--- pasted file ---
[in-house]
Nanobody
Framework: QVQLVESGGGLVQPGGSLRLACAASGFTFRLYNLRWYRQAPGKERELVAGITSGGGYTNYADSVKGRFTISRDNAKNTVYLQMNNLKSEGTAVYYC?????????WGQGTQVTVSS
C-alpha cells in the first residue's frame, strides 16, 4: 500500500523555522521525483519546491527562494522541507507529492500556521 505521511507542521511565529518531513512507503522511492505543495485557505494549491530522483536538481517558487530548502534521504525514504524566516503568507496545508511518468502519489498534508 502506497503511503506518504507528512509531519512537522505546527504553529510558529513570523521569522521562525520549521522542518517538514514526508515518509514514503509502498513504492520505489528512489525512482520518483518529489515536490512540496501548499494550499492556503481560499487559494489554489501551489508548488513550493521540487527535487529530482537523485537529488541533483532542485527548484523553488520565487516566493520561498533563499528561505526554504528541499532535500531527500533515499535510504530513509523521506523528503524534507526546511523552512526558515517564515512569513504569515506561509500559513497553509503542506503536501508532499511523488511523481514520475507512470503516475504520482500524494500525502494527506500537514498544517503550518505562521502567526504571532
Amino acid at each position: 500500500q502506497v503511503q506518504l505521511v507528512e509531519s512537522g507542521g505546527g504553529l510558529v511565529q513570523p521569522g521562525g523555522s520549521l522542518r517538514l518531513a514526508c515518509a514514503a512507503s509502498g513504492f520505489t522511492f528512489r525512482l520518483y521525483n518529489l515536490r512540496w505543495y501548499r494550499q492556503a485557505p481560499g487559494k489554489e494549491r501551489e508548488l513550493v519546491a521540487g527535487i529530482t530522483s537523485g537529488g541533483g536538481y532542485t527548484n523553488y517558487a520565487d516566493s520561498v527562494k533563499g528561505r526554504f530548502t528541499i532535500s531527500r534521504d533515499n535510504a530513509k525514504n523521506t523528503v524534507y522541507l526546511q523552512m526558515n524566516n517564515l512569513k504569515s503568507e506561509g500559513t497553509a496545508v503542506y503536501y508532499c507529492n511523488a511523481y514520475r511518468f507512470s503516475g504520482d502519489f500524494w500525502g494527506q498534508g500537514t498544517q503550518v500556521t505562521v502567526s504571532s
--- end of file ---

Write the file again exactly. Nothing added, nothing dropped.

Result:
[in-house]
Nanobody
Framework: QVQLVESGGGLVQPGGSLRLACAASGFTFRLYNLRWYRQAPGKERELVAGITSGGGYTNYADSVKGRFTISRDNAKNTVYLQMNNLKSEGTAVYYC?????????WGQGTQVTVSS
C-alpha cells in the first residue's frame, strides 16, 4: 500500500523555522521525483519546491527562494522541507507529492500556521 505521511507542521511565529518531513512507503522511492505543495485557505494549491530522483536538481517558487530548502534521504525514504524566516503568507496545508511518468502519489498534508 502506497503511503506518504507528512509531519512537522505546527504553529510558529513570523521569522521562525520549521522542518517538514514526508515518509514514503509502498513504492520505489528512489525512482520518483518529489515536490512540496501548499494550499492556503481560499487559494489554489501551489508548488513550493521540487527535487529530482537523485537529488541533483532542485527548484523553488520565487516566493520561498533563499528561505526554504528541499532535500531527500533515499535510504530513509523521506523528503524534507526546511523552512526558515517564515512569513504569515506561509500559513497553509503542506503536501508532499511523488511523481514520475507512470503516475504520482500524494500525502494527506500537514498544517503550518505562521502567526504571532
Amino acid at each position: 500500500q502506497v503511503q506518504l505521511v507528512e509531519s512537522g507542521g505546527g504553529l510558529v511565529q513570523p521569522g521562525g523555522s520549521l522542518r517538514l518531513a514526508c515518509a514514503a512507503s509502498g513504492f520505489t522511492f528512489r525512482l520518483y521525483n518529489l515536490r512540496w505543495y501548499r494550499q492556503a485557505p481560499g487559494k489554489e494549491r501551489e508548488l513550493v519546491a521540487g527535487i529530482t530522483s537523485g537529488g541533483g536538481y532542485t527548484n523553488y517558487a520565487d516566493s520561498v527562494k533563499g528561505r526554504f530548502t528541499i532535500s531527500r534521504d533515499n535510504a530513509k525514504n523521506t523528503v524534507y522541507l526546511q523552512m526558515n524566516n517564515l512569513k504569515s503568507e506561509g500559513t497553509a496545508v503542506y503536501y508532499c507529492n511523488a511523481y514520475r511518468f507512470s503516475g504520482d502519489f500524494w500525502g494527506q498534508g500537514t498544517q503550518v500556521t505562521v502567526s504571532s